As society’s understanding of neurodiversity has increased, so too has the need to support young people and their families to get their needs met in environments that are not always set up to be supportive. We see families on the frontline here, hearing often from professionals that parents and carers are the real experts where their children are concerned.  

Though experts regarding their own needs, trying to navigate the system to get support is a different matter. Family Action is one of the largest host providers of Special Educational Needs and Disabilities Information, Advice and Support Services (SENDIASS) in the country and we help people access the information they need, give impartial advice on the complex and changeable legal landscape and, importantly, provide a listening ear for parents and carers. 

Changing family make up 

Emotional overwhelm for parents and carers is a real issue and since 2019 we’ve been running our free, national helpline, FamilyLine, which allows families to talk through the pressures facing them in confidence over telephone, email, text or webchat, no matter where they are. 

Such technological advances would have been unthinkable for the first families supported by the Charitable Organisation Society, but they enable Family Action to be there for so many more people through all kinds of change, challenge and crisis.

While we specialise in getting alongside people right at the heart of local communities, working through some really complex challenges, we can also offer more universal support through our FamilyLine, online articles, information packs and social media platforms, which can provide broader information that’s useful for all families. 

Despite huge advances in technology over the past 150 years, however, it’s perhaps attitudes and beliefs that have changed the most. The British Social Attitudes survey shows how rates of disapproval for ‘non traditional’ family behaviours have dropped sharply in recent years.

Though there were certainly single parents in the 19th century this was driven largely by higher general mortality rates. Active choices on how to form a family or empathetic support for people who found themselves in circumstances that went against conventional social attitudes about gender roles were sorely lacking. Even surprisingly forward-looking Victorian system of benefits and maintenance payments at the time reflected the attitudes of the time about women’s being unable to support themselves and men’s role in the workplace.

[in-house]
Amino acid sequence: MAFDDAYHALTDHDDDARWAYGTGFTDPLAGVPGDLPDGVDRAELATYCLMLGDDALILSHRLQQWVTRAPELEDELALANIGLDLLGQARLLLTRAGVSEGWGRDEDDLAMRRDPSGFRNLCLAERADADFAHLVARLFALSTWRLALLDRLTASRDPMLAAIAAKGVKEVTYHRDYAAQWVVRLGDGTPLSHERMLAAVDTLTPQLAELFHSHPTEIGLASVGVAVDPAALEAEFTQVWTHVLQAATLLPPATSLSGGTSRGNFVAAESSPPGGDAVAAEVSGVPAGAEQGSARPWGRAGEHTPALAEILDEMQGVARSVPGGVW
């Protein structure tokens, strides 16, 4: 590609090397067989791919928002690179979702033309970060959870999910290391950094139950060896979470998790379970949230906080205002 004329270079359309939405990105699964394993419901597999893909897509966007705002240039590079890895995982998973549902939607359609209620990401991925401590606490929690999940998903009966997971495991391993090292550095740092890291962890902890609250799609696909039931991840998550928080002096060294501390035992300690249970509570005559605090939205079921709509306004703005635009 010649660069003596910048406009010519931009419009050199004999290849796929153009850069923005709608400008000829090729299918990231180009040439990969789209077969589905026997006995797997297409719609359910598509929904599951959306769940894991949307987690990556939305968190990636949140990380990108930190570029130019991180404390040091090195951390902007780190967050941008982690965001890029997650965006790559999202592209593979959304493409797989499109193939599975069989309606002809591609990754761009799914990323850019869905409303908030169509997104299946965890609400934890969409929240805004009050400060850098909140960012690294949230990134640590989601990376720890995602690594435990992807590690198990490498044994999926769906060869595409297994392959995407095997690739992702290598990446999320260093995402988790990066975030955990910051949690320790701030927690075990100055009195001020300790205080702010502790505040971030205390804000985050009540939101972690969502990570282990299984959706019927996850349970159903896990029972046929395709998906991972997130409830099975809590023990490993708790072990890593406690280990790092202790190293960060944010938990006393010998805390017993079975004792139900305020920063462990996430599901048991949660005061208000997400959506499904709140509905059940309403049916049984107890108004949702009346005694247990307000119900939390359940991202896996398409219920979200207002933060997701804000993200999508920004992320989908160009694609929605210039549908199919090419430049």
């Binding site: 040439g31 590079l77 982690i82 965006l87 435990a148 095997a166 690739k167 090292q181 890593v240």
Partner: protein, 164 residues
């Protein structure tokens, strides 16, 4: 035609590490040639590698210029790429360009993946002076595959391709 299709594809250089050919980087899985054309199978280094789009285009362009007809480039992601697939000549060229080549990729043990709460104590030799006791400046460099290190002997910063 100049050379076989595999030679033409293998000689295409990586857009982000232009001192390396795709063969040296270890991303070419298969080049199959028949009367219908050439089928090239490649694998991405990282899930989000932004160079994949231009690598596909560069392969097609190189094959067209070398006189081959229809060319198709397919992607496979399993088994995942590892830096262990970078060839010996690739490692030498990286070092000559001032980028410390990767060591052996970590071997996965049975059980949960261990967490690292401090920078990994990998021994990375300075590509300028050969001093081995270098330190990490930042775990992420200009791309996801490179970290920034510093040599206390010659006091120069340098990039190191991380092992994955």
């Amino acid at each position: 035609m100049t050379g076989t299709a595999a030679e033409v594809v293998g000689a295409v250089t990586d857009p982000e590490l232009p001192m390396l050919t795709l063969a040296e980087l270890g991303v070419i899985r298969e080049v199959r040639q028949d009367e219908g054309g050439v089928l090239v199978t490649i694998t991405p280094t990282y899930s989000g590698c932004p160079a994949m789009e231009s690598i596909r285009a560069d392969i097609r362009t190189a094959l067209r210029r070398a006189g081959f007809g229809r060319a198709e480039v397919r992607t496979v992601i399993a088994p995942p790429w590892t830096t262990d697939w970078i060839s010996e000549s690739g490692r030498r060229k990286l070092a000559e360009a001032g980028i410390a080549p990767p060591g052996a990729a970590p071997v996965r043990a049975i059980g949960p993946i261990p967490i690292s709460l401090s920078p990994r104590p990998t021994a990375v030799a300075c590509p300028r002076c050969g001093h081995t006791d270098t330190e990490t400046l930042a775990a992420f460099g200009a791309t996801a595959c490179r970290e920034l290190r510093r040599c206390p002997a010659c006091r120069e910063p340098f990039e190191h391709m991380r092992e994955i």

Victorian values reached beyond their era and in part lie behind the scandal of forced adoptions and abandoned children, the impact of which continue to be felt into our own day. The specialist staff of PAC-UK, an adoption support agency who came into Family Action in 2018, support over 5,000 people affected by adoption and permanency every year  including many birth families and adopted people impacted by forced adoptions during this era. The service’s Family Connect digital service also supports people who were adopted or raised in state care to explore their personal history find out more about their origins. Through national awareness campaigns and groundbreaking research projects, including The Big Consult, PAC-UK continues the discussion by amplifying the often lesser heard voices in adoption – birth families and adopted people – to ensure their lived experiences are heard and influence positive change in our more enlightened era.

Showing 2.4 the door 

We recognise that families come in all shapes and sizes, and we’ve been really pleased to see more attention recently focussed on kinship carers, who deserve more recognition nationally. Special Guardianship is a form of kinship care and gives parental legal responsibility to someone (most commonly a friend or family member, very often a grandparent) who cares for a child because their parents aren’t able to. As well as supporting Special Guardians throughout our services we also introduced the Special Guardianship Support Service to support these families.  

Together with Good Housekeeping we are representing and celebrating the erosion of the outdated idea that family means a heterosexual couple with 2.4 children. At Family Action, we believe there’s no ‘right’ way to be a family, it’s the quality of relationships that matter, and the support we offer reflects this. 

Find out more about the history of Family Action, and how we have supported families throughout 150 years of social change.